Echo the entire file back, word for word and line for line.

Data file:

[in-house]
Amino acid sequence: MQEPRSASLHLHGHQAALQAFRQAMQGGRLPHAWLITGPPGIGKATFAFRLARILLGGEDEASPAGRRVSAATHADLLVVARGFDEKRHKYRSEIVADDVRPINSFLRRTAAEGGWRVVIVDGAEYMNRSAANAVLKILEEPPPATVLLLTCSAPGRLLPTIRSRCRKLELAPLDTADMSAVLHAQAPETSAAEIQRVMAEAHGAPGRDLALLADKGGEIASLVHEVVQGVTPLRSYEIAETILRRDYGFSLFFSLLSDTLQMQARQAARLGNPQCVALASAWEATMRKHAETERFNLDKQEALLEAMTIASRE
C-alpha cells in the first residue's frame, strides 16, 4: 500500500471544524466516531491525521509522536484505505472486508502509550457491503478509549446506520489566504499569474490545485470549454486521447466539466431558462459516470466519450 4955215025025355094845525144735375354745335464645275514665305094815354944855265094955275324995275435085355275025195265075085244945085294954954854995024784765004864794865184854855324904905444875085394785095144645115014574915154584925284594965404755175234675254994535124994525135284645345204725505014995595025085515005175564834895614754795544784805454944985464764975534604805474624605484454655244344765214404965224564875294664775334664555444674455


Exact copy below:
[in-house]
Amino acid sequence: MQEPRSASLHLHGHQAALQAFRQAMQGGRLPHAWLITGPPGIGKATFAFRLARILLGGEDEASPAGRRVSAATHADLLVVARGFDEKRHKYRSEIVADDVRPINSFLRRTAAEGGWRVVIVDGAEYMNRSAANAVLKILEEPPPATVLLLTCSAPGRLLPTIRSRCRKLELAPLDTADMSAVLHAQAPETSAAEIQRVMAEAHGAPGRDLALLADKGGEIASLVHEVVQGVTPLRSYEIAETILRRDYGFSLFFSLLSDTLQMQARQAARLGNPQCVALASAWEATMRKHAETERFNLDKQEALLEAMTIASRE
C-alpha cells in the first residue's frame, strides 16, 4: 500500500471544524466516531491525521509522536484505505472486508502509550457491503478509549446506520489566504499569474490545485470549454486521447466539466431558462459516470466519450 4955215025025355094845525144735375354745335464645275514665305094815354944855265094955275324995275435085355275025195265075085244945085294954954854995024784765004864794865184854855324904905444875085394785095144645115014574915154584925284594965404755175234675254994535124994525135284645345204725505014995595025085515005175564834895614754795544784805454944985464764975534604805474624605484454655244344765214404965224564875294664775334664555444674455